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  • Erdrich’s CrusadeSexual Violence in The Round House
  • Julie Tharp (bio)

After it was announced that she had won the National Book Award for The Round House, Ojibwe novelist Louise Erdrich commented that the book is a “suspense novel masking a crusade” (Luscombe 60). Surely this is a surprising twist on the highly lyrical prose of Erdrich’s fictional works. It suggests that Erdrich’s crusade against rape—the novel’s central focus—is compelling enough for her to part ways from her usual style, to use her considerable power and talent to try to shape the course of political events. In February 2013 Erdrich published a direct attack on the topic in the New York Times, entitled “Rape on the Reservation,” bringing attention to the deplorable circumstances often endured by Native American women. There are at least three pieces to the crusade contained within The Round House: the historical background on tribal law and order that have contributed to the crisis in sexual violence on reservations, Erdrich’s fictional illustration and strategic telling of the effects of sexual violence, and the response that Erdrich has urged and that the federal legislation, the Violence Against Women Act, may assist. The Round House essentially makes a witness of the reader, inviting a consideration of the legal complications, social history, and far-reaching effects of violence that have made justice on the reservation a rare and dearly purchased commodity.

In The Shapes of Silence: Writing by Women of Colour and the Politics of Testimony, Proma Tagore includes Erdrich’s Tracks (1988) as one example of literature as historical testimony. She writes: “Tracks endeavours to account for the losses and deaths of colonial history, including personal and collective traumas of the past and the present. The novel thus tells the story of different generations of witnesses, who find themselves haunted by histories of colonial violence and erasure” (70). She [End Page 25] points out that a major character, Fleur, is only known through the witness testimony of Pauline Puyat and Nanapush. Fleur never actually figures in the novel’s action. Significantly, Fleur is a victim of rape, and like Fleur, Geraldine Coutts, a rape victim and a central character in The Round House, is silent through most of the novel and must rely upon others to piece her story together as best they can. Geraldine’s son, Joe, is the point of entry for the reader, a relatively innocent boy who must comprehend not only the crime but also the tribe’s inability to seek justice for his mother. Tagore notes that in Tracks “[t]he multiple voices of this book reach across the traumas of colonial violence—at once personal, collective, and generational—so that otherwise silenced stories may be heard” (71). The Round House also provides personal, collective, and generational analysis through Joe with the focus on both the trauma of sexual violence and the trauma of being denied justice. The beginning point for that analysis is in the history of tribal disenfranchisement.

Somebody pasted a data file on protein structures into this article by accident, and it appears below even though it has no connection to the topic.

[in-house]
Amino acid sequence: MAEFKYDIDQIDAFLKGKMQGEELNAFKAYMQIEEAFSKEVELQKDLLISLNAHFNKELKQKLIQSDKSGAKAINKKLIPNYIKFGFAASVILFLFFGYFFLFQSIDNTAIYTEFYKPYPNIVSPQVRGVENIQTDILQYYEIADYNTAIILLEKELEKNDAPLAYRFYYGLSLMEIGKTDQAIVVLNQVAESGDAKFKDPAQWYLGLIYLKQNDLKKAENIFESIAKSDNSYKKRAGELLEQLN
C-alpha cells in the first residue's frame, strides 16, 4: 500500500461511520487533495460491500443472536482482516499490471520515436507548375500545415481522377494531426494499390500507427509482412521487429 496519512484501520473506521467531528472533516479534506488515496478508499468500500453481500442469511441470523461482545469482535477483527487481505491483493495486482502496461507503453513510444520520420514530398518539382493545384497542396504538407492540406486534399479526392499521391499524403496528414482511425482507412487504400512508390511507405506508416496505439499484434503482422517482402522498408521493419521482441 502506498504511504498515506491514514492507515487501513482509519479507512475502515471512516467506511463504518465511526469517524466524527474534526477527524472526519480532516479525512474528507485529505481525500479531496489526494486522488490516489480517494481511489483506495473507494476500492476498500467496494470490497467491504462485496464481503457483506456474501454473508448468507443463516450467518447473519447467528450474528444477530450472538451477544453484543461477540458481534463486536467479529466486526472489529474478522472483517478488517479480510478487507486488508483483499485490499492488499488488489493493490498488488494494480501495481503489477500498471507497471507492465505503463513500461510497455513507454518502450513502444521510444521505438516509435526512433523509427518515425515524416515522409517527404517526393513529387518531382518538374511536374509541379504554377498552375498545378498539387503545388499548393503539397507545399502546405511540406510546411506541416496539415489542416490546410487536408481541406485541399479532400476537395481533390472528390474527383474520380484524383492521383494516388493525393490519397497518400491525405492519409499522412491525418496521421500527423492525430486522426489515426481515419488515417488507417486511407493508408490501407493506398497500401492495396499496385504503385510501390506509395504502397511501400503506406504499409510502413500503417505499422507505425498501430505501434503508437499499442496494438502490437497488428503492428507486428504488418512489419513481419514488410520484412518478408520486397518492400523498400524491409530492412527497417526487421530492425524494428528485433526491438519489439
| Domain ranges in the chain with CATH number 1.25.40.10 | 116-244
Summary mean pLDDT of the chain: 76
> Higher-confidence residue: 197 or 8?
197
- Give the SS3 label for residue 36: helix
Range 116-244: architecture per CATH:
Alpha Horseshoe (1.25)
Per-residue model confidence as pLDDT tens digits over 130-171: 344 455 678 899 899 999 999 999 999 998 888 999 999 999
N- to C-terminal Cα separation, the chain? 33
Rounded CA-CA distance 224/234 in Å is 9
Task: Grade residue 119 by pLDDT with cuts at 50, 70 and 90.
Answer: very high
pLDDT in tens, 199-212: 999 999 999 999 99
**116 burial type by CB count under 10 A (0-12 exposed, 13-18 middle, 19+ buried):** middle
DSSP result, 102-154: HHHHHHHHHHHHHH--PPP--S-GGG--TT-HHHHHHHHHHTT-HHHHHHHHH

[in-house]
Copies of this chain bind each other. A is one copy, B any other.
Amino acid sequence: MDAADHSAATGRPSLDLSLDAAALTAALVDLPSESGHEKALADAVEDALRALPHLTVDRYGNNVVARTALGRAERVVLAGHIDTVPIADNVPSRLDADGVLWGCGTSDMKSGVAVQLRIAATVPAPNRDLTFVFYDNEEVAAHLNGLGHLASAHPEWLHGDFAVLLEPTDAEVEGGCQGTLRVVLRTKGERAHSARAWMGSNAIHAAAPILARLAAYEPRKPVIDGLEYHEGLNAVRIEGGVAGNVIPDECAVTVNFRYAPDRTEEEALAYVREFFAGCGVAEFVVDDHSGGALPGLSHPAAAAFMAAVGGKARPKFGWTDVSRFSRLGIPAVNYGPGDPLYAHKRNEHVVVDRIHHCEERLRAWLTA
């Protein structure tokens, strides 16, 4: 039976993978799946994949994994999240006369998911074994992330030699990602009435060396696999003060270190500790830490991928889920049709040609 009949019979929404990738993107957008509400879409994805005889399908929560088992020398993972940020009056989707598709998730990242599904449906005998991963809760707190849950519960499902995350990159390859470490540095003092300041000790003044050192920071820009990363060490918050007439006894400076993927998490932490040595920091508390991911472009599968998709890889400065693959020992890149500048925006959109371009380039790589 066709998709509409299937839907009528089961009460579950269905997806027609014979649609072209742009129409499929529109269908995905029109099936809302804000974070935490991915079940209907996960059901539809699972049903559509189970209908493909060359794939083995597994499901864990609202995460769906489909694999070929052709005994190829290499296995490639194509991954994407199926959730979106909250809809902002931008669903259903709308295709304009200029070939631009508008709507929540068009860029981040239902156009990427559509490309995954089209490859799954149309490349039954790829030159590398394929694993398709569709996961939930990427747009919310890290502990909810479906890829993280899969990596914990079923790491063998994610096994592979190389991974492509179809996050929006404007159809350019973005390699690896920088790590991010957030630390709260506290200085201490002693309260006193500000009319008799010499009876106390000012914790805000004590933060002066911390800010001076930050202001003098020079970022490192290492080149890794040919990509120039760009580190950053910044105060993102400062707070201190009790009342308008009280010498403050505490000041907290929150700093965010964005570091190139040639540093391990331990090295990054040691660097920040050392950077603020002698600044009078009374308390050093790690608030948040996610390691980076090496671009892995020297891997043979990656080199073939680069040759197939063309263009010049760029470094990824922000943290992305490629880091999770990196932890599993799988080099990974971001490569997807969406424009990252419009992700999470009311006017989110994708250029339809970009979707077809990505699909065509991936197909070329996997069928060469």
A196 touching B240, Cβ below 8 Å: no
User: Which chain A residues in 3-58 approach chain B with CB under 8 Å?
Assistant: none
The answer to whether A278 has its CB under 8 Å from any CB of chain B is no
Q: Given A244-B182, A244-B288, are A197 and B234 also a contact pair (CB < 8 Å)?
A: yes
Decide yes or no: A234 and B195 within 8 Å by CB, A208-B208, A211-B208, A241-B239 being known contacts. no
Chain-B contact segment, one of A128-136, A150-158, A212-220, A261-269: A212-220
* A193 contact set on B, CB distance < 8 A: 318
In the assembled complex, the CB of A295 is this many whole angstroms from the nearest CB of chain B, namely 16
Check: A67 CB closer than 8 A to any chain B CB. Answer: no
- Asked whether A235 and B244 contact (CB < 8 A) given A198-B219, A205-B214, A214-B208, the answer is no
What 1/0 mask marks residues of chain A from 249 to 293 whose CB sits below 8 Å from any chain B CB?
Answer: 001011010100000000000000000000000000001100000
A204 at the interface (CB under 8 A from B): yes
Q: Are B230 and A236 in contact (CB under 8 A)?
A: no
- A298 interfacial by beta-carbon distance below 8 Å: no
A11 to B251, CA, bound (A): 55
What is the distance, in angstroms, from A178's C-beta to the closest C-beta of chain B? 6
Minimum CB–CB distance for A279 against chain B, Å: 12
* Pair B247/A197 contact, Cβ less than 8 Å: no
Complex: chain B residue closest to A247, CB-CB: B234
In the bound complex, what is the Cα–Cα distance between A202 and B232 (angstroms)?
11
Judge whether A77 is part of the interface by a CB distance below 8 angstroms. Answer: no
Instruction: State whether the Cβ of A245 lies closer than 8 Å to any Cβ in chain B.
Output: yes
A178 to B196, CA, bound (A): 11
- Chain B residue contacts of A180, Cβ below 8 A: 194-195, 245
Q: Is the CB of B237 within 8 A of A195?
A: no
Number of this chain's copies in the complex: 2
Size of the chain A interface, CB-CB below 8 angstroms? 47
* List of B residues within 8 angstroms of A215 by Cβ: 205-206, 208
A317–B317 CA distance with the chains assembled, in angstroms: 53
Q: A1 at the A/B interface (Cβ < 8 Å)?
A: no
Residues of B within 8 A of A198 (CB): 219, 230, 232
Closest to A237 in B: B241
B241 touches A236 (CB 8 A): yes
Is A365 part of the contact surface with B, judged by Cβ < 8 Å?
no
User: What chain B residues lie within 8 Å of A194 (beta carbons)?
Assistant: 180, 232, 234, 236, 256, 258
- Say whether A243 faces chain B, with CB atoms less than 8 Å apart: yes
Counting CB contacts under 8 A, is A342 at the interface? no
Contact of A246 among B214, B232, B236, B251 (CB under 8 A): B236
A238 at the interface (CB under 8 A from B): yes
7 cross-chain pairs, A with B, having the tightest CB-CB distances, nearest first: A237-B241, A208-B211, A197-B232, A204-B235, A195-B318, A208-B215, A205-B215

The Round House testifies to the loss of tribal jurisdiction, which has directly affected the ability to protect Native women from sexual and domestic violence. Indeed the legislation makes it difficult to protect all Native people from crimes committed against them by non-Indians, but the complications arising from combined sexism and racism make it even less likely that crimes against Native women will be tried. Jasmine Owens, attorney and former managing editor of the Journal of Criminal Law and Criminology, goes into detailed background on the jurisdiction issues referenced in The Round House in her article “‘Historic’ in a Bad Way: How the Tribal Law and Order Act Continues the American Tradition of Providing Inadequate Protection to American Indian and Alaska Native Rape Victims.” There are essentially four legal decisions over the course of the past 130 years that have tied the system of justice into knots.

First, the Major Crimes Act of 1885 grants jurisdiction of major crimes on tribal land to federal courts, but courts disagree over whether tribes have concurrent jurisdiction in Indian Country. Any given crime must go through a jurisdictional maze based on location, severity of crime, state status, and race...


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pp. 25-40
Launched on MUSE
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